• literally, one can imagine a branch breaking off and carrying insects with it… that they would be oblivious to the changed circumstances and still be singing…
    • or, they might apprehend that there is little they can do about the change in circumstance, why not keep singing?…
    • or, they might be pleased to be on a new adventure, and sing with joyous expectation…
    • metaphorically, humanity often finds itself oblivious to the peril it is in… carried along by the years, without really understanding what their lives are about…
  • the poet’s death poem…
    • the stupidity of (being) bathed at the beginning and end of life…
      • i struggle with this one literally and figuratively, why would bathing the newborn or the dead be stupid?…
      • is the poet complaining that life should find a better way to begin and end?…

… i have a new book on haiku coming… this one offers multiple translations of each haiku as a singular haiku can’t get at all the nuances and cultural references of the original… it’s a thick book apparently… may take me a long time to get through it…

The Haiku of Issa

… i am nearing the end of The Essential Haiku… a few more poems, a couple of prose pieces at the end of the book, i am finished… yesterday i gathered together a dozen of my micro poems to read at an event in the evening that was postponed until next week due to the rain… a COVID precaution… i read them to H who did not seem that enthusiastic about them… haiku and micro poems are funny things… i suspect you get them, or you don’t and the difference between a passable one and a great one is hard to pin down… they need to be specific enough to call you to the details of a moment, but then use those details to open a window on the infinite…

… today’s haiku summaries and interpretations…

  • a small boat drifts down the tide under an autumn moon…
    • first interpretation is literal, a scene observed
    • second interpretation, the small boat represents the poet in late middle age, early old age, as seasons equate to stages in life…
    • tides are cyclical and related to the moon…
    • the moon is enlightenment, the poet drifts in the light of enlightenment and with the push, pull of the tides…
  • I’m here and the snow is falling…
    • first interpretation, literal, the poet standing in the falling snow…
    • second interpretation, old age has overtaken the poet, but he is still there, still alive…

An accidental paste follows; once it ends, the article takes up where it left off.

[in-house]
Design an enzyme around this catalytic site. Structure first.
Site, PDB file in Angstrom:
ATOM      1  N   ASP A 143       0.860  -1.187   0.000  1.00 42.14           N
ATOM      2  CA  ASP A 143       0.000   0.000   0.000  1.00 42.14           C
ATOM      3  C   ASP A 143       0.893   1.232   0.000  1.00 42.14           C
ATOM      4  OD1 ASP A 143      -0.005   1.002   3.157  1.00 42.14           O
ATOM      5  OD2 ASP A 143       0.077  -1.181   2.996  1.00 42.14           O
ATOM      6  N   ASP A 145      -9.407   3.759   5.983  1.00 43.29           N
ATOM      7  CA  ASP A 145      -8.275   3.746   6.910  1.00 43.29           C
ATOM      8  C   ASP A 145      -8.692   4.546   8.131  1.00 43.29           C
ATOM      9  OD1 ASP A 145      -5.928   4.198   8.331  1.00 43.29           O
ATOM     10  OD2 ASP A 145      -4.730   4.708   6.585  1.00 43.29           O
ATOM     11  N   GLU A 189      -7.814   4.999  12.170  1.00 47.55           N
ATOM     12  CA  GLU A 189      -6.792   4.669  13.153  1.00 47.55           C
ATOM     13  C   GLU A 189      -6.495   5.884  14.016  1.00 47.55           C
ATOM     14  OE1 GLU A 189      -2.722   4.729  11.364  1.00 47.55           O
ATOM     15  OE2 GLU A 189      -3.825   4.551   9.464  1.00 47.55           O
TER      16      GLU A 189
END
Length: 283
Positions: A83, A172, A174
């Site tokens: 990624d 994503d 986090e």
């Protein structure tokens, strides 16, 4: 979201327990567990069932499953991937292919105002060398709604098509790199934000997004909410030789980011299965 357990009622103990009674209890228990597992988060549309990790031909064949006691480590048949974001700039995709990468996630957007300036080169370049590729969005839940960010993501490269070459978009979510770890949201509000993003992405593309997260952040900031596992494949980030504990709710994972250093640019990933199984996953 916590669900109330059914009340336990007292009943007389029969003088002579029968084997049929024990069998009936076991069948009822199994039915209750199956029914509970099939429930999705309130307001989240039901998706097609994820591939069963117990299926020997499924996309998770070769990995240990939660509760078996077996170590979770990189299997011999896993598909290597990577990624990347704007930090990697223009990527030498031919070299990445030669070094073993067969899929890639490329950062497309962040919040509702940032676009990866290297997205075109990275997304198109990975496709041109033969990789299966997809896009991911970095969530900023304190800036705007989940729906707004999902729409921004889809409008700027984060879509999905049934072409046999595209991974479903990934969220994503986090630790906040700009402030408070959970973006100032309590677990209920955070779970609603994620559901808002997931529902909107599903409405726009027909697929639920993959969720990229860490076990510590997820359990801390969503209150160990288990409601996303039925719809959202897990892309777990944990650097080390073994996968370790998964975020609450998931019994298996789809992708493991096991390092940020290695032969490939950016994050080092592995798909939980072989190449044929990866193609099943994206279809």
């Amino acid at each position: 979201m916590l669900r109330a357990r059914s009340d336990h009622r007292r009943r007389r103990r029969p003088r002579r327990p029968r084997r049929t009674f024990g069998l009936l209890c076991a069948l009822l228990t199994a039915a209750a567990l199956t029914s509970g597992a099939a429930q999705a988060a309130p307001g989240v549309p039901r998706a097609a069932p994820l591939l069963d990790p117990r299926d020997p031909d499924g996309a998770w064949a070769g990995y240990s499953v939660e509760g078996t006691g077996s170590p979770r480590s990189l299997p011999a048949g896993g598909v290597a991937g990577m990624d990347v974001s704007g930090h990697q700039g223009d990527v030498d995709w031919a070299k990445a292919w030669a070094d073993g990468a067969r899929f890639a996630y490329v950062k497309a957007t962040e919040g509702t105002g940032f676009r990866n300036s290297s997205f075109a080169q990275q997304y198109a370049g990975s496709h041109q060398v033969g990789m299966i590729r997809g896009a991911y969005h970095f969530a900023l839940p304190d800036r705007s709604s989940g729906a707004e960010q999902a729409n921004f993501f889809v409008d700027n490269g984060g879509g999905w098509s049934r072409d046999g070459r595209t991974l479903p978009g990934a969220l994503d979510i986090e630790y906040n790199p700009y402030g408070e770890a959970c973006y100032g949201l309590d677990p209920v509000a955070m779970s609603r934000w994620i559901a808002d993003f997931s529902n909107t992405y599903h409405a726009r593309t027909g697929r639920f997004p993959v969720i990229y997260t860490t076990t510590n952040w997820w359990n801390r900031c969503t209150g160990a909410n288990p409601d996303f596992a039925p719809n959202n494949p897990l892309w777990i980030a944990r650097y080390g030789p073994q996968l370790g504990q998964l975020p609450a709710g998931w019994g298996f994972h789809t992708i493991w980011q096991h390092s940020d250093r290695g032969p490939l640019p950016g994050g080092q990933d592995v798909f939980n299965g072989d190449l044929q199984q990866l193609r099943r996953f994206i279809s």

• making very straight holes with piss in the snow…
    • it’s hard to go to far beyond the literal interpretation here… i suppose the straight piss stream would be a good sign for an elderly man… still some virility left…
  • missing her grumbling, the moon…
    • pining for a woman under the moon…
    • in Buddhism, the moon is a symbol of enlightenment, Issa was a lay Buddhist priest, so it is likely the Buddhist significance of the moon prevails in his writings…
    • so, perhaps it is longing for a woman under the light of the moon, or perhaps it is longing for feminine wisdom to complete enlightenment…
  • the nose of a new foal among the irises…
    • it is hard to go beyond the literal here, though spring and rebirth could be a general theme of the poem…
  • a peasant woman planting towards her crying child, crooked row…
    • this is one that could be literal but is perhaps more satisfying to interpret as metaphor…
      • the strength of a mother’s love, the bond between mother and child…
      • the strength of the bond of family…
      • the pull of youth on the not so young…
      • longing for youth…
      • the triumph of heart over mind…

The Haiku of Issa

… each day i read six Haiku from The Essential Haiku, translations by Robert Hass… i do it as a mindfulness practice, to start my day with something centering, something that shows how to be in the moments and see what is present, what is important, what your connection to the earth, sun, moon and stars is…

  • thirty days after the daughter’s death… fall winds, flowers the daughter liked to pick…
    • a visit to the daughters grave in the fall with the flowers she liked to pick…
    • a melancholy poem…
  • a woodpecker still drilling as the sun goes down…